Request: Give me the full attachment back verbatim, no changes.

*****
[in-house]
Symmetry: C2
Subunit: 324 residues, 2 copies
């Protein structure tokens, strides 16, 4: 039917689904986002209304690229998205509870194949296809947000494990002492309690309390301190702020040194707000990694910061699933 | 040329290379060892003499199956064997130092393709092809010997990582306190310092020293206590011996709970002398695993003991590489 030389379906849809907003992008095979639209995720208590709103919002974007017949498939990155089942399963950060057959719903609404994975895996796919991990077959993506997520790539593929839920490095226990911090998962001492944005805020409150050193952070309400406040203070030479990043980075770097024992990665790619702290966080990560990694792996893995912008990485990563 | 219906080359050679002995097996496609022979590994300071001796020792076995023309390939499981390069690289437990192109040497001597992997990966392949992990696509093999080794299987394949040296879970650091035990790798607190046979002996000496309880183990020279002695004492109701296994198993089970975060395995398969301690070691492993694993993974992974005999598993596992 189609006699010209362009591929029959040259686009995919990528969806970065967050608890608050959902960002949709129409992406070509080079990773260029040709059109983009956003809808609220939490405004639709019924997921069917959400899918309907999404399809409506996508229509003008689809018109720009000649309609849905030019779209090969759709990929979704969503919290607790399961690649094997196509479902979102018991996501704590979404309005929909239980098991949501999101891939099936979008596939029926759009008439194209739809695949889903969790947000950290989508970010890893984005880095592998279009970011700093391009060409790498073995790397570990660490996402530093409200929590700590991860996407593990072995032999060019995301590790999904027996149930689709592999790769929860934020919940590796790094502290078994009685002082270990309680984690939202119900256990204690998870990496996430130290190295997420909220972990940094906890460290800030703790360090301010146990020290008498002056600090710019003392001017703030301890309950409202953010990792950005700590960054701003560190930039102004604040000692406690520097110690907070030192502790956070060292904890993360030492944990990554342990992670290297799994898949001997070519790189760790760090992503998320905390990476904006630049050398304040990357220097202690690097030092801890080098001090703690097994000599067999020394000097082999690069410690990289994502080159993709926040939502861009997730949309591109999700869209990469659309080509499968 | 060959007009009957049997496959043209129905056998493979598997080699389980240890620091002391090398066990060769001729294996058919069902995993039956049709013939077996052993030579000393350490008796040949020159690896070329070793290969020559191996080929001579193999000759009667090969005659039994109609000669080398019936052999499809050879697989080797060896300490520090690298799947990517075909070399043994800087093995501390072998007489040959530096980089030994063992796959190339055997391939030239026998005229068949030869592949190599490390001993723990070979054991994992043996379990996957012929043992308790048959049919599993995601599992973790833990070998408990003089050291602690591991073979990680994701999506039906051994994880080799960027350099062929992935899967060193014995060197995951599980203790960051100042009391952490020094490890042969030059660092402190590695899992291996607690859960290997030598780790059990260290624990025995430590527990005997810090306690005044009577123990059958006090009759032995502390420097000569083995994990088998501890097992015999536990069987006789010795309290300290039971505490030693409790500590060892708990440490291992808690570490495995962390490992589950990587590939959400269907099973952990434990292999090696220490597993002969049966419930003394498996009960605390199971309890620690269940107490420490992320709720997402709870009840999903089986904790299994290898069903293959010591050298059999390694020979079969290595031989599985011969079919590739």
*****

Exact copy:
[in-house]
Symmetry: C2
Subunit: 324 residues, 2 copies
């Protein structure tokens, strides 16, 4: 039917689904986002209304690229998205509870194949296809947000494990002492309690309390301190702020040194707000990694910061699933 | 040329290379060892003499199956064997130092393709092809010997990582306190310092020293206590011996709970002398695993003991590489 030389379906849809907003992008095979639209995720208590709103919002974007017949498939990155089942399963950060057959719903609404994975895996796919991990077959993506997520790539593929839920490095226990911090998962001492944005805020409150050193952070309400406040203070030479990043980075770097024992990665790619702290966080990560990694792996893995912008990485990563 | 219906080359050679002995097996496609022979590994300071001796020792076995023309390939499981390069690289437990192109040497001597992997990966392949992990696509093999080794299987394949040296879970650091035990790798607190046979002996000496309880183990020279002695004492109701296994198993089970975060395995398969301690070691492993694993993974992974005999598993596992 189609006699010209362009591929029959040259686009995919990528969806970065967050608890608050959902960002949709129409992406070509080079990773260029040709059109983009956003809808609220939490405004639709019924997921069917959400899918309907999404399809409506996508229509003008689809018109720009000649309609849905030019779209090969759709990929979704969503919290607790399961690649094997196509479902979102018991996501704590979404309005929909239980098991949501999101891939099936979008596939029926759009008439194209739809695949889903969790947000950290989508970010890893984005880095592998279009970011700093391009060409790498073995790397570990660490996402530093409200929590700590991860996407593990072995032999060019995301590790999904027996149930689709592999790769929860934020919940590796790094502290078994009685002082270990309680984690939202119900256990204690998870990496996430130290190295997420909220972990940094906890460290800030703790360090301010146990020290008498002056600090710019003392001017703030301890309950409202953010990792950005700590960054701003560190930039102004604040000692406690520097110690907070030192502790956070060292904890993360030492944990990554342990992670290297799994898949001997070519790189760790760090992503998320905390990476904006630049050398304040990357220097202690690097030092801890080098001090703690097994000599067999020394000097082999690069410690990289994502080159993709926040939502861009997730949309591109999700869209990469659309080509499968 | 060959007009009957049997496959043209129905056998493979598997080699389980240890620091002391090398066990060769001729294996058919069902995993039956049709013939077996052993030579000393350490008796040949020159690896070329070793290969020559191996080929001579193999000759009667090969005659039994109609000669080398019936052999499809050879697989080797060896300490520090690298799947990517075909070399043994800087093995501390072998007489040959530096980089030994063992796959190339055997391939030239026998005229068949030869592949190599490390001993723990070979054991994992043996379990996957012929043992308790048959049919599993995601599992973790833990070998408990003089050291602690591991073979990680994701999506039906051994994880080799960027350099062929992935899967060193014995060197995951599980203790960051100042009391952490020094490890042969030059660092402190590695899992291996607690859960290997030598780790059990260290624990025995430590527990005997810090306690005044009577123990059958006090009759032995502390420097000569083995994990088998501890097992015999536990069987006789010795309290300290039971505490030693409790500590060892708990440490291992808690570490495995962390490992589950990587590939959400269907099973952990434990292999090696220490597993002969049966419930003394498996009960605390199971309890620690269940107490420490992320709720997402709870009840999903089986904790299994290898069903293959010591050298059999390694020979079969290595031989599985011969079919590739």